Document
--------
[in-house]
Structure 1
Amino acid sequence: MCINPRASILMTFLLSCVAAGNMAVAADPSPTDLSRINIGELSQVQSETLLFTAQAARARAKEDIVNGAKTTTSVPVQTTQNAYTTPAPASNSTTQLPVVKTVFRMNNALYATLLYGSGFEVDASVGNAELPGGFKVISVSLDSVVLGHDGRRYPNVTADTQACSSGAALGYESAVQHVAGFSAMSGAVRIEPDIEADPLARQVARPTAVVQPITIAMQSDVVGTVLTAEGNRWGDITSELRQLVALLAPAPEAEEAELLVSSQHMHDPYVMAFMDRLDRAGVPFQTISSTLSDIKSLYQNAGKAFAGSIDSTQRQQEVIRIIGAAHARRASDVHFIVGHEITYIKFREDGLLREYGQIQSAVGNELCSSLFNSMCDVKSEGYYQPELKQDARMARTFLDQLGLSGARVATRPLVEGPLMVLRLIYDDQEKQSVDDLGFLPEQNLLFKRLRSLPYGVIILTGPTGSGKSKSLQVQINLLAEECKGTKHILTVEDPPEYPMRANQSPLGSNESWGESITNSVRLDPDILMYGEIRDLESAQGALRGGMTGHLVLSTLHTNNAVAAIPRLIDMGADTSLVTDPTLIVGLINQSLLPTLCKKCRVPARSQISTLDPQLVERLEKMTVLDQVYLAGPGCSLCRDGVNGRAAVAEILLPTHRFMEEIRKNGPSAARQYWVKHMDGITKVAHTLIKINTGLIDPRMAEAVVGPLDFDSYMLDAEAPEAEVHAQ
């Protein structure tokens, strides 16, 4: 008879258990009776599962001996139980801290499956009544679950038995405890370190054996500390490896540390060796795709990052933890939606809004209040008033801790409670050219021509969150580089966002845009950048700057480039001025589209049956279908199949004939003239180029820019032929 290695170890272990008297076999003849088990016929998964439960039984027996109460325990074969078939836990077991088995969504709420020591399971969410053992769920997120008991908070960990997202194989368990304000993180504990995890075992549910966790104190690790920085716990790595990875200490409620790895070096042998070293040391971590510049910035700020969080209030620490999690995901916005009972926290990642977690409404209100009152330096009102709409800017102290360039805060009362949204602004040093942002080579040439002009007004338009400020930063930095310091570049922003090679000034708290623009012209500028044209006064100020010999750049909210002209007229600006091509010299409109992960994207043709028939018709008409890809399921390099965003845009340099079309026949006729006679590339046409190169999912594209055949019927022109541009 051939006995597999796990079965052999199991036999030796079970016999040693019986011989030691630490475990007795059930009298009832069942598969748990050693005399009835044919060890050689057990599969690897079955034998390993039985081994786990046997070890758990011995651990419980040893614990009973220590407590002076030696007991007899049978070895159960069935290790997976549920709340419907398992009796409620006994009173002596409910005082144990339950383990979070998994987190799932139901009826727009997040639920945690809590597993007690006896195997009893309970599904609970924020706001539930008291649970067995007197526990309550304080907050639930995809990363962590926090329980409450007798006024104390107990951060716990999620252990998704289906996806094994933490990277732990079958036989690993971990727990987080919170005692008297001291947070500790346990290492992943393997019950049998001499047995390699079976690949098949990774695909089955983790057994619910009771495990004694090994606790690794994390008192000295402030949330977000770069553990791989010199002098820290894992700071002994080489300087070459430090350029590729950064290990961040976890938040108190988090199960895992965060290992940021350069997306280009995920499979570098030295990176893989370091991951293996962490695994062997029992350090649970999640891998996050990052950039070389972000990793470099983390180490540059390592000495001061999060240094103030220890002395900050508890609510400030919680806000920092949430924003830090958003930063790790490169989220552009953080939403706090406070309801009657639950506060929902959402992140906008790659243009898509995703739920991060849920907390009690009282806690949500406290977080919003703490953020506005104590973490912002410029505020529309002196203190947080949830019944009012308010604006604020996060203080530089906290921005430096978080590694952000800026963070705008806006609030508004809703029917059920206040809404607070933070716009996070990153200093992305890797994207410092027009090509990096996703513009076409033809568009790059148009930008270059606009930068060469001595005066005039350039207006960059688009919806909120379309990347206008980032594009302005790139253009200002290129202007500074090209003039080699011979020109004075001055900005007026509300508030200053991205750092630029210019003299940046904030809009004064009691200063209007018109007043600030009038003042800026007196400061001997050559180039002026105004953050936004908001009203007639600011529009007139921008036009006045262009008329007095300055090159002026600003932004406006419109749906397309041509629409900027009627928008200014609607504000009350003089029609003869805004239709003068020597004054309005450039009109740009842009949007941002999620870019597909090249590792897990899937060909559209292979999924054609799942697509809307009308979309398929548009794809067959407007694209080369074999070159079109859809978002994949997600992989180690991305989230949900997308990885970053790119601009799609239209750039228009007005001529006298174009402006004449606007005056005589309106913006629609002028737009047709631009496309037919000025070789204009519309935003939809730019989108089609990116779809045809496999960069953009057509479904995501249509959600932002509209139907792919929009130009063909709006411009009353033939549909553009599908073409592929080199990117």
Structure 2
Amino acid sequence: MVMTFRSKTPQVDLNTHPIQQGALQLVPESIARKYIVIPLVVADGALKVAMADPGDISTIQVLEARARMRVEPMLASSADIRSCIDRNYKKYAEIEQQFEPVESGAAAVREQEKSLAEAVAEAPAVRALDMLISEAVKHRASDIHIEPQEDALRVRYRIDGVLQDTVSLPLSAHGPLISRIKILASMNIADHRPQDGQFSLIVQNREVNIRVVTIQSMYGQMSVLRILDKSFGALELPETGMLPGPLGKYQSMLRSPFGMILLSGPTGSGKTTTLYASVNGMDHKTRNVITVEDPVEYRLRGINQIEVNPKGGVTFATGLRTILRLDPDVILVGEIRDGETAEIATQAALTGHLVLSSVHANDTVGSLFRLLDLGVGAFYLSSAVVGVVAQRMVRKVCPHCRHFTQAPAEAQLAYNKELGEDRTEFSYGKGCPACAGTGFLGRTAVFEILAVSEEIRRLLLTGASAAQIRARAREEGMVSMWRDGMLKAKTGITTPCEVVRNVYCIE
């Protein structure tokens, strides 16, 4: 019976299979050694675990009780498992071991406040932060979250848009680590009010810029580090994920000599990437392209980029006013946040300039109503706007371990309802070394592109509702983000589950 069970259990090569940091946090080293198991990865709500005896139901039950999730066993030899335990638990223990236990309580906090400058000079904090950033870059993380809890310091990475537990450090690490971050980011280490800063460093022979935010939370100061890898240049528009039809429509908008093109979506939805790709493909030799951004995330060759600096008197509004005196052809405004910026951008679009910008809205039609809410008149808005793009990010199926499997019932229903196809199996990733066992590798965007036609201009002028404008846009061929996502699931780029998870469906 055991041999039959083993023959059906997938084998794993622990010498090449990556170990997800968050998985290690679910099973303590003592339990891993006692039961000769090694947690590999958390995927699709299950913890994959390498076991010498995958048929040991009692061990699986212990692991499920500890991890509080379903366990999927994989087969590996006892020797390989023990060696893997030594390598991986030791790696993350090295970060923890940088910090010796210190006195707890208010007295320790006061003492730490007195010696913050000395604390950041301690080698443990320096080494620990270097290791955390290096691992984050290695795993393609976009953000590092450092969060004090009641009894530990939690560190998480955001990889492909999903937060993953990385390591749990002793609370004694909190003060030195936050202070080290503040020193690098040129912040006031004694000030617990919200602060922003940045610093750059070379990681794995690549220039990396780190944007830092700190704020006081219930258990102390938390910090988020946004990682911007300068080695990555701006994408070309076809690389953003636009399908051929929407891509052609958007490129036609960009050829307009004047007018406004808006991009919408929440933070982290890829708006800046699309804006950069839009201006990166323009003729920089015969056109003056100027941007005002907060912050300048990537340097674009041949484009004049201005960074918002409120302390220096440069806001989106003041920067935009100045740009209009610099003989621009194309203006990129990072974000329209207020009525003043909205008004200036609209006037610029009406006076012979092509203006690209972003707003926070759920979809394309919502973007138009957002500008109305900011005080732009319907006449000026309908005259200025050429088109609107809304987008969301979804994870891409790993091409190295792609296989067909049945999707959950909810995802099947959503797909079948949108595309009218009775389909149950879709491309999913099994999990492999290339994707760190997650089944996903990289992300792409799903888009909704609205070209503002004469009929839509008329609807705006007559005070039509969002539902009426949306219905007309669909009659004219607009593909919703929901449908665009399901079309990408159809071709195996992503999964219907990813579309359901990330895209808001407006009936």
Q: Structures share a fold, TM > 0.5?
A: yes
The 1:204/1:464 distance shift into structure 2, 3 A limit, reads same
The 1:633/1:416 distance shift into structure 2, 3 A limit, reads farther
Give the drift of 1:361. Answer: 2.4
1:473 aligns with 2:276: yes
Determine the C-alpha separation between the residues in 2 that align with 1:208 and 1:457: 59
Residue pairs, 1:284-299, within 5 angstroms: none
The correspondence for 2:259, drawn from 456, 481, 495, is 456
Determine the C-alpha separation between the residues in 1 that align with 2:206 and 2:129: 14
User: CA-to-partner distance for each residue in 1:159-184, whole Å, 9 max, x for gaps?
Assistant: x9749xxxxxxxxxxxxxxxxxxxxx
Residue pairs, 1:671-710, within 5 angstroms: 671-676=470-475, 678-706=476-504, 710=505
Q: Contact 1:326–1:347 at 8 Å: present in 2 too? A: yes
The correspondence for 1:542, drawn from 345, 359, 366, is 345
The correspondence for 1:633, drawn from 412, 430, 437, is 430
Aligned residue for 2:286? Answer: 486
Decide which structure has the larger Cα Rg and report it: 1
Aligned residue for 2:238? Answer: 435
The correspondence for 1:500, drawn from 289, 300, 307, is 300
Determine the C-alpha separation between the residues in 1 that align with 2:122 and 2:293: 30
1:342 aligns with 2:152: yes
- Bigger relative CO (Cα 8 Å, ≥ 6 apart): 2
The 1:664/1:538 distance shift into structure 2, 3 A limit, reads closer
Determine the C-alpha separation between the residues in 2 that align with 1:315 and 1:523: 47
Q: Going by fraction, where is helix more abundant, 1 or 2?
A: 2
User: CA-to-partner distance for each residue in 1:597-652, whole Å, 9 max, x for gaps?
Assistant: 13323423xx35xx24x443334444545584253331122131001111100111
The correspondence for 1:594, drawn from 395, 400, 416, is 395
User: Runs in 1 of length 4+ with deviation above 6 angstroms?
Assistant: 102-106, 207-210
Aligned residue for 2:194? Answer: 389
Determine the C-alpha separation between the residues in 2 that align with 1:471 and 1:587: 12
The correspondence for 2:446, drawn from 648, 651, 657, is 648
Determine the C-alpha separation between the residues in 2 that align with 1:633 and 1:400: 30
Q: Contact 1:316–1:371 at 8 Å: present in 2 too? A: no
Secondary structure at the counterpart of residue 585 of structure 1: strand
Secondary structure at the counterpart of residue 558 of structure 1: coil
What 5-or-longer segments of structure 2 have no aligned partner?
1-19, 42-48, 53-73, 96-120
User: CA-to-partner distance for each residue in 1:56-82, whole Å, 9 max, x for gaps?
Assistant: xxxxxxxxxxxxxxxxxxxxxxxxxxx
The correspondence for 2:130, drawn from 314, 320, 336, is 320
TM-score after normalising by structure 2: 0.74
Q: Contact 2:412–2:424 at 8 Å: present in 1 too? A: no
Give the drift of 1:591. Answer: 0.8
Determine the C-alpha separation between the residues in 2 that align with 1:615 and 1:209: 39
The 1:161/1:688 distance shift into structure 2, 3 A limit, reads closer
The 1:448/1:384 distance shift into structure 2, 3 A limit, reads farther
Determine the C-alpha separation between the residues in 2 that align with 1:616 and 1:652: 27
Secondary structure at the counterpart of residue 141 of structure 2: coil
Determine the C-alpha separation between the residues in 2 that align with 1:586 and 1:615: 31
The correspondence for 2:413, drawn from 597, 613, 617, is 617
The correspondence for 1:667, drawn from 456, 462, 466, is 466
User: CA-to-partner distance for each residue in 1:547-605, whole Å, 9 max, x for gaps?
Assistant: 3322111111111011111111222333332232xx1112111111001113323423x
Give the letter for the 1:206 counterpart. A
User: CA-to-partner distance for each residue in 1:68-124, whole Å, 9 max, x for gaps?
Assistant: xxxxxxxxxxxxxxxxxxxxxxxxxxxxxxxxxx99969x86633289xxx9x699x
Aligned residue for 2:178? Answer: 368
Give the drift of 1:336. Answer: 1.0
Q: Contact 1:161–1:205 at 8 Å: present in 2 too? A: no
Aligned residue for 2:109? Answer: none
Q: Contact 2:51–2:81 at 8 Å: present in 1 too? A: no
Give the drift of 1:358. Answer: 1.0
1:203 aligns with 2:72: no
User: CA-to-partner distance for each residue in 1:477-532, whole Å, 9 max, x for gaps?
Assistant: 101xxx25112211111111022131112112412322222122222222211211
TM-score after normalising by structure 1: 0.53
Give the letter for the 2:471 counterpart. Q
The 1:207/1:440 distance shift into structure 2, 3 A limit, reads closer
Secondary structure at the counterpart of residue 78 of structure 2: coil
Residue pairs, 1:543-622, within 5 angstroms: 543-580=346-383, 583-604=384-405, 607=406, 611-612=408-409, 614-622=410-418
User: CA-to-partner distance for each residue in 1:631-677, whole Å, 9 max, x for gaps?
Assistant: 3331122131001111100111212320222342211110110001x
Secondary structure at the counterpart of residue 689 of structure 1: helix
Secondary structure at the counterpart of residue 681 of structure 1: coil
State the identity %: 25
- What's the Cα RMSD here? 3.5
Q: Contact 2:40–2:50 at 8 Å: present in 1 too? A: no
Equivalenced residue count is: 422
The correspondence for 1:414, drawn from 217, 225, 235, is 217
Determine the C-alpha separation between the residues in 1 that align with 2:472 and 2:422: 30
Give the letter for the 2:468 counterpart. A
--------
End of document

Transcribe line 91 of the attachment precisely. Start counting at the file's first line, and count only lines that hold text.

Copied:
Determine the C-alpha separation between the residues in 1 that align with 2:472 and 2:422: 30